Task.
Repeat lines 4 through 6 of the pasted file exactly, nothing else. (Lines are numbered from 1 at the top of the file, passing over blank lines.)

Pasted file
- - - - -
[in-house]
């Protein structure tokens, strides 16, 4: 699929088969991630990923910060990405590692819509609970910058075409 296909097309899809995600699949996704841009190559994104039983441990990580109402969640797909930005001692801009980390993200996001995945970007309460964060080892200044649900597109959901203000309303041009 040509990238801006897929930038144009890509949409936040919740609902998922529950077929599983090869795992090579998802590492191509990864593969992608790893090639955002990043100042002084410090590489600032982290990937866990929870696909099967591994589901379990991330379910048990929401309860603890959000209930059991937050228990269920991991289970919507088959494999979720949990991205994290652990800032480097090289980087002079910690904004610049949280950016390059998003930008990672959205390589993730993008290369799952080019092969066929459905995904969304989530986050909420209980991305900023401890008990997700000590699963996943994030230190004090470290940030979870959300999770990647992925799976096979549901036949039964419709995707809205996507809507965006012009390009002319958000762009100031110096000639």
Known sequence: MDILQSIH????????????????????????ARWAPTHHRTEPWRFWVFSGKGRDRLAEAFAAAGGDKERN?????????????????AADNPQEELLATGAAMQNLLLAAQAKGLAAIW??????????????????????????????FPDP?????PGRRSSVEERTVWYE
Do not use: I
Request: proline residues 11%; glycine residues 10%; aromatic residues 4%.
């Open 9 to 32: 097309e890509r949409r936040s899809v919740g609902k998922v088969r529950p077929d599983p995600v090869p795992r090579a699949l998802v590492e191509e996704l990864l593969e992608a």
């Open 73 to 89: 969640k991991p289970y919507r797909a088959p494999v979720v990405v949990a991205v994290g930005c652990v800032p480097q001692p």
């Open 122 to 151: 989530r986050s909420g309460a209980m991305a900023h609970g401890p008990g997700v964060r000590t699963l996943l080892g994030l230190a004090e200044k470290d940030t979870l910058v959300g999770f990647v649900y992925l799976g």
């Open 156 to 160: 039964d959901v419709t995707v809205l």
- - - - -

Do not use: I
Request: proline residues 11%; glycine residues 10%; aromatic residues 4%.
């Open 9 to 32: 097309e890509r949409r936040s899809v919740g609902k998922v088969r529950p077929d599983p995600v090869p795992r090579a699949l998802v590492e191509e996704l990864l593969e992608a």